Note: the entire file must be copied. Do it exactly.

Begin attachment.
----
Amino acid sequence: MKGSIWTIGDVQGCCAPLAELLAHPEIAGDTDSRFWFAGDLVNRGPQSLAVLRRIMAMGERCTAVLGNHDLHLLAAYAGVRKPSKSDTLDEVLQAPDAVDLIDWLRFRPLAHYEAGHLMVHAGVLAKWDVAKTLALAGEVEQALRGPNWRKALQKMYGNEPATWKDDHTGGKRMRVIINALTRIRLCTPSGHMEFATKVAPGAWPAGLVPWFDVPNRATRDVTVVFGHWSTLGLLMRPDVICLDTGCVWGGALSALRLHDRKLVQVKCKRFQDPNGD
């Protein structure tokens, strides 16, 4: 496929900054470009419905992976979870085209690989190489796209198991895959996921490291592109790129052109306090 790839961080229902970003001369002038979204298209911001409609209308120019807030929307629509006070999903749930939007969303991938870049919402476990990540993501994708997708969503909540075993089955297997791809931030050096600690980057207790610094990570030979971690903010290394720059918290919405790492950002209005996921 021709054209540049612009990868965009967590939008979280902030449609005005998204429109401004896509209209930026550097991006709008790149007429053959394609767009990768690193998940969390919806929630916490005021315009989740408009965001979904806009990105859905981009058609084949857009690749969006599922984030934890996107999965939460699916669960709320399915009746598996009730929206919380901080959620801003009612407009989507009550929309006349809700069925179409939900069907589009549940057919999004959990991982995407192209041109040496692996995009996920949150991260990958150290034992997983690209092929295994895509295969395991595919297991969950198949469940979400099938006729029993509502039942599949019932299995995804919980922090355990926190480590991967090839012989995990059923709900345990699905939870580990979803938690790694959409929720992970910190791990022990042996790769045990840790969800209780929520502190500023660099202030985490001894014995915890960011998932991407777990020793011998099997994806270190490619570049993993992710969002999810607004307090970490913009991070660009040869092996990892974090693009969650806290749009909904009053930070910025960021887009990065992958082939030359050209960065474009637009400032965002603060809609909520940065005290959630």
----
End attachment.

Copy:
Amino acid sequence: MKGSIWTIGDVQGCCAPLAELLAHPEIAGDTDSRFWFAGDLVNRGPQSLAVLRRIMAMGERCTAVLGNHDLHLLAAYAGVRKPSKSDTLDEVLQAPDAVDLIDWLRFRPLAHYEAGHLMVHAGVLAKWDVAKTLALAGEVEQALRGPNWRKALQKMYGNEPATWKDDHTGGKRMRVIINALTRIRLCTPSGHMEFATKVAPGAWPAGLVPWFDVPNRATRDVTVVFGHWSTLGLLMRPDVICLDTGCVWGGALSALRLHDRKLVQVKCKRFQDPNGD
């Protein structure tokens, strides 16, 4: 496929900054470009419905992976979870085209690989190489796209198991895959996921490291592109790129052109306090 790839961080229902970003001369002038979204298209911001409609209308120019807030929307629509006070999903749930939007969303991938870049919402476990990540993501994708997708969503909540075993089955297997791809931030050096600690980057207790610094990570030979971690903010290394720059918290919405790492950002209005996921 021709054209540049612009990868965009967590939008979280902030449609005005998204429109401004896509209209930026550097991006709008790149007429053959394609767009990768690193998940969390919806929630916490005021315009989740408009965001979904806009990105859905981009058609084949857009690749969006599922984030934890996107999965939460699916669960709320399915009746598996009730929206919380901080959620801003009612407009989507009550929309006349809700069925179409939900069907589009549940057919999004959990991982995407192209041109040496692996995009996920949150991260990958150290034992997983690209092929295994895509295969395991595919297991969950198949469940979400099938006729029993509502039942599949019932299995995804919980922090355990926190480590991967090839012989995990059923709900345990699905939870580990979803938690790694959409929720992970910190791990022990042996790769045990840790969800209780929520502190500023660099202030985490001894014995915890960011998932991407777990020793011998099997994806270190490619570049993993992710969002999810607004307090970490913009991070660009040869092996990892974090693009969650806290749009909904009053930070910025960021887009990065992958082939030359050209960065474009637009400032965002603060809609909520940065005290959630």